The Proposed Democrat Tax Plan Would Have A Major Impact On Your Estate



As an attorney who has been involved in estate, business and tax planning my whole career, I have reviewed the Democrat’s proposed tax plan, and it’s an eye opener.

We all expected that the “rich” would be targeted with this plan. Who is and isn’t rich is always left very vague and subject to interpretation. The proposed plan certainly targets the people they call “rich,” but, shockingly, it also goes well beyond.

The eye opener is the extent to which this proposed plan will affect the not “rich” – i.e. the middle class.

In short, if you own a home, or have any substantial investments, be careful not to die, if this plan gets implemented.

As I have discussed with many of my clients, the Democrat plan has always been to lower the estate tax unified credit equivalent from the roughly $11,500,000 amount at which it currently stands, to something closer to the previous $5,000,000 amount, or lower. Remember, the tax on your estate after you die is in addition to the income taxes you have paid your whole life.

However, the plan, as proposed, increases those death taxes by eliminating what is called the “step up in basis” that all decedents receive on their property and non-qualified assets owned at the time of their death. This provision alone will affect everyone who dies regardless of the size of their estate.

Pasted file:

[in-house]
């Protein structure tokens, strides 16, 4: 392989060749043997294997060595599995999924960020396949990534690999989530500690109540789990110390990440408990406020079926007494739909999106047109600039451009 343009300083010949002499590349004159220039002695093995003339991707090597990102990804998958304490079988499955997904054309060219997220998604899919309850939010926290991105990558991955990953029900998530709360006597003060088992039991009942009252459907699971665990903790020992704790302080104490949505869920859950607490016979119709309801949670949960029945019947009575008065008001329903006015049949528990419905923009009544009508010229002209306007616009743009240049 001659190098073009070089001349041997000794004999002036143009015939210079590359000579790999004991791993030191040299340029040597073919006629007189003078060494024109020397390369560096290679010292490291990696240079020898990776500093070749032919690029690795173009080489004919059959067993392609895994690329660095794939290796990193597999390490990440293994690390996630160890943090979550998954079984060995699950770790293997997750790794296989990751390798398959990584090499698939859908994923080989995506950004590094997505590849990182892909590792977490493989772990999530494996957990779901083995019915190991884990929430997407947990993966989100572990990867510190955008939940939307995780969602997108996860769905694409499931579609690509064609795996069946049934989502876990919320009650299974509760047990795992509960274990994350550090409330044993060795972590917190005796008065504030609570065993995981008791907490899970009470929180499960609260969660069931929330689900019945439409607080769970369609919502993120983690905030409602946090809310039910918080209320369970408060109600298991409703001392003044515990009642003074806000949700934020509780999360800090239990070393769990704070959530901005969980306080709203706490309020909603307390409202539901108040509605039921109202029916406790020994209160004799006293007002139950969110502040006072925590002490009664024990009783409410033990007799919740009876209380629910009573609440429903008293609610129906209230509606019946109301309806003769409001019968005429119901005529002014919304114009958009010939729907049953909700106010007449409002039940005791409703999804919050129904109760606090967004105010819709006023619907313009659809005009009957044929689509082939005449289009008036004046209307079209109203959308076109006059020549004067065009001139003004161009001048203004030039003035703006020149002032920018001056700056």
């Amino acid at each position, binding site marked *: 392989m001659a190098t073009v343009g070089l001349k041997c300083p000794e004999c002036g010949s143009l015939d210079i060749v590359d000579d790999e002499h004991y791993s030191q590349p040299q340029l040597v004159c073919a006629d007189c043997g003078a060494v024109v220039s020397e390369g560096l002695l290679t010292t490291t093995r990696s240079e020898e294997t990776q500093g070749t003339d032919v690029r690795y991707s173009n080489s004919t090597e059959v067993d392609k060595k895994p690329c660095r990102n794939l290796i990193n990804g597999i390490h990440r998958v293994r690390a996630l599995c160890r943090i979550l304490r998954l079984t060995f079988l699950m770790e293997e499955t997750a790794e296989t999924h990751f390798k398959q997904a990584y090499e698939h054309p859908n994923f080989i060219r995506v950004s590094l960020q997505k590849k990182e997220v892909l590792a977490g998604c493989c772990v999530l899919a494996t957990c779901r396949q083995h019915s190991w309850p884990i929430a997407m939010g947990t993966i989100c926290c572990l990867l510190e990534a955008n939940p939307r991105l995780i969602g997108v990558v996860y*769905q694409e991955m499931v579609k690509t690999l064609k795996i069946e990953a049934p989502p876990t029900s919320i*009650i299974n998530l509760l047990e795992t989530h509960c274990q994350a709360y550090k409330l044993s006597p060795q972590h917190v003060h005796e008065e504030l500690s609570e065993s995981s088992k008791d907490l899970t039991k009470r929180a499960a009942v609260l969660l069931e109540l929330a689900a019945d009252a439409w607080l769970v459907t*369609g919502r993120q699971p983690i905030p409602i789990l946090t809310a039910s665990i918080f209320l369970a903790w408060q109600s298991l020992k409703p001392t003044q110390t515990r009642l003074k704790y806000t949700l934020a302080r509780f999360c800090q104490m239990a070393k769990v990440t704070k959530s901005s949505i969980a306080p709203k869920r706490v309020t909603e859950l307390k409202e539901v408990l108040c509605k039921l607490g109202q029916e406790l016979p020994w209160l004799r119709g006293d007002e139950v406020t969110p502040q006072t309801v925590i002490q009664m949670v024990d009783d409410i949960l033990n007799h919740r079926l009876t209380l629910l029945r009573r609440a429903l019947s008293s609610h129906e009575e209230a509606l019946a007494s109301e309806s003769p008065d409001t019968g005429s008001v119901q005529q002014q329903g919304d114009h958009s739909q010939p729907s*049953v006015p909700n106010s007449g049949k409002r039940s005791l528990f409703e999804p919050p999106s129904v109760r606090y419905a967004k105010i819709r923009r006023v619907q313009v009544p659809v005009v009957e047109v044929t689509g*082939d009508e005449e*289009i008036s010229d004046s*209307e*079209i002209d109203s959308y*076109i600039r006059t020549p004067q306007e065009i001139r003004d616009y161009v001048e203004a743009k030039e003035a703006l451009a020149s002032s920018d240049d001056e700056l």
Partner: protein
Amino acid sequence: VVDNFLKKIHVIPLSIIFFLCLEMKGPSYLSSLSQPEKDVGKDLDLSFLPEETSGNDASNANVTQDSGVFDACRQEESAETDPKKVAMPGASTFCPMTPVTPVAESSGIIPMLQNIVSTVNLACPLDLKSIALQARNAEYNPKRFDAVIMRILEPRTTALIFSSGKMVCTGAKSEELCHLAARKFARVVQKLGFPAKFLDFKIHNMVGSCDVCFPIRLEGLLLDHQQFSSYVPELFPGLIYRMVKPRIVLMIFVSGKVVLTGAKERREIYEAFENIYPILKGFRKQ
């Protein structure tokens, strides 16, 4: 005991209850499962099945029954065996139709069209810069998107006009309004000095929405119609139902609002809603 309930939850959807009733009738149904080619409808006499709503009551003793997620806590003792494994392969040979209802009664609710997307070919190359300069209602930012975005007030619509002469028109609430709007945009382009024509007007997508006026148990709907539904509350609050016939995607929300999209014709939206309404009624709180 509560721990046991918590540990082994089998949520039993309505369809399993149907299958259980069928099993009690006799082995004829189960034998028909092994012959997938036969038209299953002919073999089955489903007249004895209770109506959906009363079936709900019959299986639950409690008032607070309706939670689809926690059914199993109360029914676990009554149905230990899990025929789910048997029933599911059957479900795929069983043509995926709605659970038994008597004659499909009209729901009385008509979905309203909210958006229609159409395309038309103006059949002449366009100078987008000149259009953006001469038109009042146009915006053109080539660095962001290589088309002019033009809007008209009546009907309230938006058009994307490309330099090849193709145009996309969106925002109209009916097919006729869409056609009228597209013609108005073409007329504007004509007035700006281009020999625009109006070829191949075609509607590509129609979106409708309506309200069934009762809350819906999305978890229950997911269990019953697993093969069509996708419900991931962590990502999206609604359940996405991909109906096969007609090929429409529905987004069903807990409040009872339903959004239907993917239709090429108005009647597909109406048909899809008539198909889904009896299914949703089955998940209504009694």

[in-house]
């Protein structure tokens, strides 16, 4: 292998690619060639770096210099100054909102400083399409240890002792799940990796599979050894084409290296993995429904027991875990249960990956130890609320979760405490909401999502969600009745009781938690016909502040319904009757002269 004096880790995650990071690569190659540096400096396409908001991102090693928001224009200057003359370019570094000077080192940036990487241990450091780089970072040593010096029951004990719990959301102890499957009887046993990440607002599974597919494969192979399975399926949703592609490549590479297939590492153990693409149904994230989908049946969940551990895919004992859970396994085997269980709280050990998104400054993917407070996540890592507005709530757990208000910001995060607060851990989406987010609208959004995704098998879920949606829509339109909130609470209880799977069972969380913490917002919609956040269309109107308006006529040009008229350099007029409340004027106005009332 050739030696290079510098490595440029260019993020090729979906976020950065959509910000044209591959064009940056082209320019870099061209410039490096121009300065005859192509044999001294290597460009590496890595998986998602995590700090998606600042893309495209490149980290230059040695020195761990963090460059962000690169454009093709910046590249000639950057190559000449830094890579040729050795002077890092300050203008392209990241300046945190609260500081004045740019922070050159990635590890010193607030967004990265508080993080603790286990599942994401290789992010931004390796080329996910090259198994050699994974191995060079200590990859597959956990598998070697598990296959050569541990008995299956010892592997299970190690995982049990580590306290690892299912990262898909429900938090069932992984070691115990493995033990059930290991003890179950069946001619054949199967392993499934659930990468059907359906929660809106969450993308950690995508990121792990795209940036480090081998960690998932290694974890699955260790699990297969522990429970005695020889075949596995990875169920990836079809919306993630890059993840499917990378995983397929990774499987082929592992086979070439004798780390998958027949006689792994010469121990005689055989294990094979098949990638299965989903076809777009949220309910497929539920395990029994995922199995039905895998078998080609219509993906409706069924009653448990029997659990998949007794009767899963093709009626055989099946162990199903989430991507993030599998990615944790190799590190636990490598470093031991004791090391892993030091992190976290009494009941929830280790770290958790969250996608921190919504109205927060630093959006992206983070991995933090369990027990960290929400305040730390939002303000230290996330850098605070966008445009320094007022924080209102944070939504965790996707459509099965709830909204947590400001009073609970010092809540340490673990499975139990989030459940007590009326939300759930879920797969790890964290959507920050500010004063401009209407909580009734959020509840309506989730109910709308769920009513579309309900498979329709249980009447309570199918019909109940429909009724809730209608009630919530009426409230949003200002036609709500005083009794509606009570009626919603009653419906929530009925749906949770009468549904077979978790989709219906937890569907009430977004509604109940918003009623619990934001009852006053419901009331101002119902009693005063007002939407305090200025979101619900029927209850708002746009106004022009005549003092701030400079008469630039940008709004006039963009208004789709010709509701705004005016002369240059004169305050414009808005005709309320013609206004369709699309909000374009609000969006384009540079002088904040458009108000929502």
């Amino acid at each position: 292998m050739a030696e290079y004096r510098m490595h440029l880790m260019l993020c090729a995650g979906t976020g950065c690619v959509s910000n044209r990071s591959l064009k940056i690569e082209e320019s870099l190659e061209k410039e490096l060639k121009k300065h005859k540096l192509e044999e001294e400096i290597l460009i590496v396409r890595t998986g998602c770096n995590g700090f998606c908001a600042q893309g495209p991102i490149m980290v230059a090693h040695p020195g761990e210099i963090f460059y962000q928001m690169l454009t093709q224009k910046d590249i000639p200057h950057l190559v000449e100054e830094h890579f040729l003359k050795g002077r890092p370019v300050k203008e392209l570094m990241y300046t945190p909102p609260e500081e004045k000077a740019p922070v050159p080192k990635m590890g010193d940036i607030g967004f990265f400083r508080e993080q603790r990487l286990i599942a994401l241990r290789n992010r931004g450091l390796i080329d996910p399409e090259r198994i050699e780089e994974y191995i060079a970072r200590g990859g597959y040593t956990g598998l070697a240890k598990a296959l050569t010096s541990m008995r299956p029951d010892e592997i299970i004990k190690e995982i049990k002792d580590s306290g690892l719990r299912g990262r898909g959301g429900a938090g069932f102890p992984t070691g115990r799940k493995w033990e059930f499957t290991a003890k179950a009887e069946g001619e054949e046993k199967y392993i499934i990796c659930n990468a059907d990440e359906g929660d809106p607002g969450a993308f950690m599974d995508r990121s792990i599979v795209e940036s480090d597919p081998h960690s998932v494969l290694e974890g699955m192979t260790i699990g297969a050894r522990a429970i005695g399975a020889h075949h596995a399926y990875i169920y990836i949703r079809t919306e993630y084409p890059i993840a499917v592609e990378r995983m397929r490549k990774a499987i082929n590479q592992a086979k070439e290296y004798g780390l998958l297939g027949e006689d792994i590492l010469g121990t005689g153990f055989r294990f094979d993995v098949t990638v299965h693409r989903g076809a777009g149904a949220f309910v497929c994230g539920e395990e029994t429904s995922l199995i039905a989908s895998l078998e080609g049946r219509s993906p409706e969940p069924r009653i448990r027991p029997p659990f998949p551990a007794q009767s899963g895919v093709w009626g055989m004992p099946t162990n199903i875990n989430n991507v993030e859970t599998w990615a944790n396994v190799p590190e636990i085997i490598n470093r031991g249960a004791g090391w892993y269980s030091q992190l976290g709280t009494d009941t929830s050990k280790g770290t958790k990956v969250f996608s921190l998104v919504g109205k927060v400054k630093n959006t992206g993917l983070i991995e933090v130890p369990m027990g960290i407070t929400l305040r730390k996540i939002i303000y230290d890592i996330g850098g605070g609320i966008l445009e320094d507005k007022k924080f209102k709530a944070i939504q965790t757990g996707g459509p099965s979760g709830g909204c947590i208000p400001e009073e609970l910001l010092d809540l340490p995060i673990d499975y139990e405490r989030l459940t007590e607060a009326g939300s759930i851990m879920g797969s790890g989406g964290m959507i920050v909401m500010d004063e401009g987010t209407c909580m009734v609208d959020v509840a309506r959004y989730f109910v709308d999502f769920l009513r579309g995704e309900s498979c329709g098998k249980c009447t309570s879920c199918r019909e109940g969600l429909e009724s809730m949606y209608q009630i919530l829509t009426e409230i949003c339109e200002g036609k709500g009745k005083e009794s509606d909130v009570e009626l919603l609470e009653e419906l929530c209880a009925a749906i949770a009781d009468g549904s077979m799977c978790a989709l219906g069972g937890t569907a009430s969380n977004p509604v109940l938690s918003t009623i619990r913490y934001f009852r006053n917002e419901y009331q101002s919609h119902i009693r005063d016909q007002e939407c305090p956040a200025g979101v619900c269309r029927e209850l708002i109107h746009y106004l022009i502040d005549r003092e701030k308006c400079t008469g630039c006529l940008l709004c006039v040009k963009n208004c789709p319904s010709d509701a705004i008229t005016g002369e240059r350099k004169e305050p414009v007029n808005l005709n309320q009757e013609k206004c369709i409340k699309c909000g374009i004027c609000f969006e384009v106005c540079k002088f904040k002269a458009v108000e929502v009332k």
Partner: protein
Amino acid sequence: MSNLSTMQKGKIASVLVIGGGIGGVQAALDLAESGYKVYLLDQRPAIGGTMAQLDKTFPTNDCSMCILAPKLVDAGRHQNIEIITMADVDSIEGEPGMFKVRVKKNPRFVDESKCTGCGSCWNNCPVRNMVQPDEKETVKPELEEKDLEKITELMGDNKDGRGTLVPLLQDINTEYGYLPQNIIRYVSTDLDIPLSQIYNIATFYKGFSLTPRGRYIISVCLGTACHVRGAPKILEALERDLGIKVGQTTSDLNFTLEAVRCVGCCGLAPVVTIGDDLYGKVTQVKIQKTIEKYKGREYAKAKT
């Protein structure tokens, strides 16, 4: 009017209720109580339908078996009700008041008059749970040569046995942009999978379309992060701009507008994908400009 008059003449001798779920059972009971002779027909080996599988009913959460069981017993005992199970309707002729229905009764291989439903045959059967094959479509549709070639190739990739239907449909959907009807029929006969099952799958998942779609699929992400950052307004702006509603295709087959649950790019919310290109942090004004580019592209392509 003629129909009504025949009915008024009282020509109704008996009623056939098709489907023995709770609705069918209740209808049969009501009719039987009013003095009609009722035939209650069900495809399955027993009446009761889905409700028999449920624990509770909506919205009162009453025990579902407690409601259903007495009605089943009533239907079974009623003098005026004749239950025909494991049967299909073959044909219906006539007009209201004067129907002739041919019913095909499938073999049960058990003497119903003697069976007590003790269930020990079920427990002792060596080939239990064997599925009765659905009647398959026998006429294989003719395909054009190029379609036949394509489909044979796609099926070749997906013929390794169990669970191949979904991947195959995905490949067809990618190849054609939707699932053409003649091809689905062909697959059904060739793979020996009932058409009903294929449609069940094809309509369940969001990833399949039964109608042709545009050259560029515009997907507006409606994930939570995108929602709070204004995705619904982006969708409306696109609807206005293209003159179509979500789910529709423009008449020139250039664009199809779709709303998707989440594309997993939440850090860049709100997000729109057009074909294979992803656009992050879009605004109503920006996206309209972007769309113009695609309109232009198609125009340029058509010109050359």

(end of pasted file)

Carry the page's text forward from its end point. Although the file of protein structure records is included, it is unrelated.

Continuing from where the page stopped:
For example, if a decedent bought a home in 1976 for $50,000, and that home is now worth $300,000, the current law provides that the basis in the home would be stepped up from $50,000 to $300,000, as of the date of the decedent’s death. If the heirs then sell the property for $300,000, there is no taxable gain to the heirs.

In Democrat’s new plan, there would be no step up at death. The $250,000 gain would be fully taxed to the heirs receiving that gain. For people who have estates that are subject to estate taxes, the appreciated asset could carry a tax as high as 70% or more of its value. The same analysis applies to highly appreciated non-qualified investment accounts. This means that the increase in value of those accounts would be fully taxed at this higher rate, and your heirs do not receive the benefit of your investment and savings during your lifetime. The net effect could be catastrophic on your estate and on your heirs.

This would be a radical shift of the law as it has stood for the entirety of my career. Again, this change is not aimed at just the “rich,” but also squarely at the middle class. In fact, it is aimed at anyone who owns a home and has saved a few bucks. If this proposal becomes law, it will become necessary to re-evaluate and revise your estate plans immediately. We would welcome the opportunity to discuss with you the ramifications of these changes to your estate.

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